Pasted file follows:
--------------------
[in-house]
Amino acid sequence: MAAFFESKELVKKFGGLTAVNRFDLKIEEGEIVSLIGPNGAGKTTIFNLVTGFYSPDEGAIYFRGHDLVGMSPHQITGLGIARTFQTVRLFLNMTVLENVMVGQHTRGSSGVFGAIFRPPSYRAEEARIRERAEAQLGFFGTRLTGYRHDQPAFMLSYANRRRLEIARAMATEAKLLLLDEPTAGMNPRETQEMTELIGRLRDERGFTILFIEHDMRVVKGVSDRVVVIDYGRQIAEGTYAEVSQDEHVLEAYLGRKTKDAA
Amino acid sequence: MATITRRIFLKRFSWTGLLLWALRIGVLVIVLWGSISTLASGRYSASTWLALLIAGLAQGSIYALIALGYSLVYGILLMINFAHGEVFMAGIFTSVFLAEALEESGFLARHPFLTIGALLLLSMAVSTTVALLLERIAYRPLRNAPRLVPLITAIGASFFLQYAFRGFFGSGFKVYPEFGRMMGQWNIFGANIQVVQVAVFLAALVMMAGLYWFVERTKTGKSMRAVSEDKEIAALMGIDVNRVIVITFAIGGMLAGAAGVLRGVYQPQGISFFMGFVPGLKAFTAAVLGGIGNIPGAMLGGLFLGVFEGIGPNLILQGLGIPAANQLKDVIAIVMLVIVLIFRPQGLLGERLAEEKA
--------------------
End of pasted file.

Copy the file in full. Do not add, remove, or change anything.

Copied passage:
[in-house]
Amino acid sequence: MAAFFESKELVKKFGGLTAVNRFDLKIEEGEIVSLIGPNGAGKTTIFNLVTGFYSPDEGAIYFRGHDLVGMSPHQITGLGIARTFQTVRLFLNMTVLENVMVGQHTRGSSGVFGAIFRPPSYRAEEARIRERAEAQLGFFGTRLTGYRHDQPAFMLSYANRRRLEIARAMATEAKLLLLDEPTAGMNPRETQEMTELIGRLRDERGFTILFIEHDMRVVKGVSDRVVVIDYGRQIAEGTYAEVSQDEHVLEAYLGRKTKDAA
Amino acid sequence: MATITRRIFLKRFSWTGLLLWALRIGVLVIVLWGSISTLASGRYSASTWLALLIAGLAQGSIYALIALGYSLVYGILLMINFAHGEVFMAGIFTSVFLAEALEESGFLARHPFLTIGALLLLSMAVSTTVALLLERIAYRPLRNAPRLVPLITAIGASFFLQYAFRGFFGSGFKVYPEFGRMMGQWNIFGANIQVVQVAVFLAALVMMAGLYWFVERTKTGKSMRAVSEDKEIAALMGIDVNRVIVITFAIGGMLAGAAGVLRGVYQPQGISFFMGFVPGLKAFTAAVLGGIGNIPGAMLGGLFLGVFEGIGPNLILQGLGIPAANQLKDVIAIVMLVIVLIFRPQGLLGERLAEEKA